Backed Medicaid work requirement rejected by U.S. appeals court

Henrietta Strickland
February 14, 2020

One of the requirements the court noted received the most attention was for Medicaid recipients between 19 and 49, requiring them to "work or engage in specified educational, job training, or job search activities for at least 80 hours per month".

Arkansas and Kentucky both created programs to require certain work thresholds to be met in order to qualify for coverage, which was approved by the Secretary of the Department of Health and Human Services.

The Trump administration's legal bid to restore a work requirement for Medicaid benefits in Arkansas was rejected on appeal, a blow to the government's larger effort to reshape US health-care policy.

"The text of the statute includes one primary objective, which is providing health-care coverage without any restriction geared to healthy outcomes, financial independence or transition to commercial coverage", Circuit Judge David Sentelle, a Reagan appointee, wrote for a unanimous panel that also included Circuit Judges Nina Pillard and Harry Edwards, both Democratic appointees. Officials argue that work can make people healthier.

Medicaid is a federal-state program that covers about 70 million people, from pregnant women and newborns to disabled people and elderly nursing home residents. About 18,000 beneficiaries lost coverage previous year due to the rule. Opponents disagree, saying it ignores real-world circumstances faced by Medicaid recipients. More than 18,000 people lost coverage in Arkansas during its partial implementation.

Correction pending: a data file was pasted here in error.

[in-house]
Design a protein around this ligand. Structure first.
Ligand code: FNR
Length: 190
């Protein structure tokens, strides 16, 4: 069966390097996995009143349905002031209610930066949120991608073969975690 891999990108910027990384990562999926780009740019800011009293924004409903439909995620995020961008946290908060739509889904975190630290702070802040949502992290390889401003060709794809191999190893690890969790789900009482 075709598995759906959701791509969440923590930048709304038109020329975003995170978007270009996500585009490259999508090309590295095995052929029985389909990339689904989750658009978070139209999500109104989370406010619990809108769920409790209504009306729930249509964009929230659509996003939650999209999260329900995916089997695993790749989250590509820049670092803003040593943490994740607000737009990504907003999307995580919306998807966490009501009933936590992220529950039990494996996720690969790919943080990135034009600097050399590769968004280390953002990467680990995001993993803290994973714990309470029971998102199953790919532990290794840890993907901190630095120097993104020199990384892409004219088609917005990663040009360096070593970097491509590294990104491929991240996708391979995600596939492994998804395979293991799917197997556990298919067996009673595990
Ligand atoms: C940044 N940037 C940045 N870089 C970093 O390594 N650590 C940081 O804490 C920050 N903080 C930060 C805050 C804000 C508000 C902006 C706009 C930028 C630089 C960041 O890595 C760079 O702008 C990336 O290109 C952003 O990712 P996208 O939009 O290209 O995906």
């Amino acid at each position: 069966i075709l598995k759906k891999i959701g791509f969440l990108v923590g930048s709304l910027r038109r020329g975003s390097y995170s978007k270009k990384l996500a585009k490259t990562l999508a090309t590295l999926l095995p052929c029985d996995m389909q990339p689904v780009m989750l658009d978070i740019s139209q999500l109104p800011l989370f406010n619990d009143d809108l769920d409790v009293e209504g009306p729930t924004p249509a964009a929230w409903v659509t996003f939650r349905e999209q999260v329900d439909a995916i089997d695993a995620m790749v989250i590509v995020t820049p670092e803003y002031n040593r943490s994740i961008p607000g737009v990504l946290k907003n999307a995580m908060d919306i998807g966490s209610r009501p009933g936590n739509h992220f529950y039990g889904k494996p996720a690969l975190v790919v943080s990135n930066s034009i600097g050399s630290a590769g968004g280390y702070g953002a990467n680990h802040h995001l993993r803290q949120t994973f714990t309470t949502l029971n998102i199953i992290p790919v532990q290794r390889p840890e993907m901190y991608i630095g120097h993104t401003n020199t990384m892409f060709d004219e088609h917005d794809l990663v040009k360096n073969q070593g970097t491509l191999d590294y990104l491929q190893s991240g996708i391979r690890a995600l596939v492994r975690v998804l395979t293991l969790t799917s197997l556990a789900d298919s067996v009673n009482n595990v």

Kevin De Liban, attorney at Legal Aid of Arkansas, said the rule negatively impacted low-income individuals and families. It's the biggest item in many states' budgets.

What's next: The most likely next step is an appeal to the Supreme Court. It is a huge part of the health care system, and the Trump administration has been fully committed, since day one, to shrinking it.

The National Health Law Program, which represented Medicaid enrollees affected by the work requirement, praised Friday's opinion. "But they probably won't".

Other reports by Click Lancashire

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